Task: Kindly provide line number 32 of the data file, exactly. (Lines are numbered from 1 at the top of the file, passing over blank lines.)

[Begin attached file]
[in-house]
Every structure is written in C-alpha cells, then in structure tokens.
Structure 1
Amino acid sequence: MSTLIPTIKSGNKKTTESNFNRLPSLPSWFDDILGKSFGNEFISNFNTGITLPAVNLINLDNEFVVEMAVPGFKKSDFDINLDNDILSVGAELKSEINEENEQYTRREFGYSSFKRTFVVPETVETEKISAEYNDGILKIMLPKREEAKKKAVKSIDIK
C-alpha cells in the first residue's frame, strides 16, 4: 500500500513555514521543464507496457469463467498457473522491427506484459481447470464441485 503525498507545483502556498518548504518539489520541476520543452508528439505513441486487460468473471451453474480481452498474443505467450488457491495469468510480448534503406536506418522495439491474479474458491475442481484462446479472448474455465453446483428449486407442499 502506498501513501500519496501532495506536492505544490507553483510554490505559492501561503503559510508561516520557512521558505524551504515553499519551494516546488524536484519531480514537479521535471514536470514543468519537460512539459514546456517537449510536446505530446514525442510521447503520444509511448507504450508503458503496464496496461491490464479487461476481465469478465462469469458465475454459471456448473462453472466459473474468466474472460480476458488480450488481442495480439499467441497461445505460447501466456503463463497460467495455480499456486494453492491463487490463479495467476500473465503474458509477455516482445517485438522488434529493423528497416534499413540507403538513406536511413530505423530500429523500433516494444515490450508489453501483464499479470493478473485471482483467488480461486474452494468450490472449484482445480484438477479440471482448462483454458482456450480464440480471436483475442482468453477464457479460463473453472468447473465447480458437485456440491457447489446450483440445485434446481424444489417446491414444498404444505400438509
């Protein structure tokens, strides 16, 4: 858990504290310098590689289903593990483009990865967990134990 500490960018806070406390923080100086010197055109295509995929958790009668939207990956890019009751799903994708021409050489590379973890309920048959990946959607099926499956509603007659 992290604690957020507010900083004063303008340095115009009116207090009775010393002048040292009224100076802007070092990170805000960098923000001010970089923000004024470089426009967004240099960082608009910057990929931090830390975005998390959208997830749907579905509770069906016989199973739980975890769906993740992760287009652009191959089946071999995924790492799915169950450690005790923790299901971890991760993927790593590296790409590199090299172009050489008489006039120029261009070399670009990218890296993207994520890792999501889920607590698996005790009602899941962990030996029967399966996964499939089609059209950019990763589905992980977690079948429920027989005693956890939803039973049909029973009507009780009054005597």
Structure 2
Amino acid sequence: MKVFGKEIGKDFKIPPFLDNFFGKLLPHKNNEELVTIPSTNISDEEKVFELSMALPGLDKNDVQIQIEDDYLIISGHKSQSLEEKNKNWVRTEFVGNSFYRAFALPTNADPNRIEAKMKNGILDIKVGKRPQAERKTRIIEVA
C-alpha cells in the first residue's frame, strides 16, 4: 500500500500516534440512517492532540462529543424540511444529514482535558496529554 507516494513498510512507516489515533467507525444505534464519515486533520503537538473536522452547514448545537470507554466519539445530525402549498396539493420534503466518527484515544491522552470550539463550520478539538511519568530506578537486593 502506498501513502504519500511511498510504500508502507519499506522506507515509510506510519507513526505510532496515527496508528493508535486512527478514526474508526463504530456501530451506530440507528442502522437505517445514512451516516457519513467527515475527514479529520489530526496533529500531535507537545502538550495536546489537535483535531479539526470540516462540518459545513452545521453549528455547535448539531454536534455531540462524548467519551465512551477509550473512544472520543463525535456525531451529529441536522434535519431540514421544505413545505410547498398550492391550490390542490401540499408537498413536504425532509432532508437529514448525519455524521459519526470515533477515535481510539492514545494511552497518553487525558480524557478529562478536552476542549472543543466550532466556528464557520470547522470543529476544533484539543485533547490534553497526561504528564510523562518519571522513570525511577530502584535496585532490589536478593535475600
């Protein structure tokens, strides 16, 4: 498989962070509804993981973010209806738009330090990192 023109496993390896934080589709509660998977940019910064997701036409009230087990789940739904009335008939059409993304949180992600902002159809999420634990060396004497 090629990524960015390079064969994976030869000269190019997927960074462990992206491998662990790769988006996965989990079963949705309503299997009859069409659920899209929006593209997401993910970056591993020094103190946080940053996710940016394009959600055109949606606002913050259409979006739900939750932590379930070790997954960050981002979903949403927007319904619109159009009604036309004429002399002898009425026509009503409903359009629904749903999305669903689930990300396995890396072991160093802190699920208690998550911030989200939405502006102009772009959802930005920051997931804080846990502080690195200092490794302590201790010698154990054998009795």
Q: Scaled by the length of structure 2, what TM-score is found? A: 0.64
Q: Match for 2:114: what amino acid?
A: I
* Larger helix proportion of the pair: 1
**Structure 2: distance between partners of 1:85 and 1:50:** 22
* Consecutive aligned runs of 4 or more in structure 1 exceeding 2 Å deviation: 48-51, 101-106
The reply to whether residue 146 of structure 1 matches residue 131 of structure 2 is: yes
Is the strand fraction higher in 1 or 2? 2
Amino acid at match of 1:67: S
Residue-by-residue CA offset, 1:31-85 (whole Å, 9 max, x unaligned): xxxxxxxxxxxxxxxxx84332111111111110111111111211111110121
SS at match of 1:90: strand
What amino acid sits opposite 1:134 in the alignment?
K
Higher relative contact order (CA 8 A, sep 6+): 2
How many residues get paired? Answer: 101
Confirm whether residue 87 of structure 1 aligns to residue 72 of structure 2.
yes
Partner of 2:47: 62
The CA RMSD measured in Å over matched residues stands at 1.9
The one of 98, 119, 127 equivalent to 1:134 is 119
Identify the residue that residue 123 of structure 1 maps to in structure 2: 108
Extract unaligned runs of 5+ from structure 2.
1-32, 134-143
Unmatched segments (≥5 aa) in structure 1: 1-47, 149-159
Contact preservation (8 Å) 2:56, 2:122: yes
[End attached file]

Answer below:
Extract unaligned runs of 5+ from structure 2.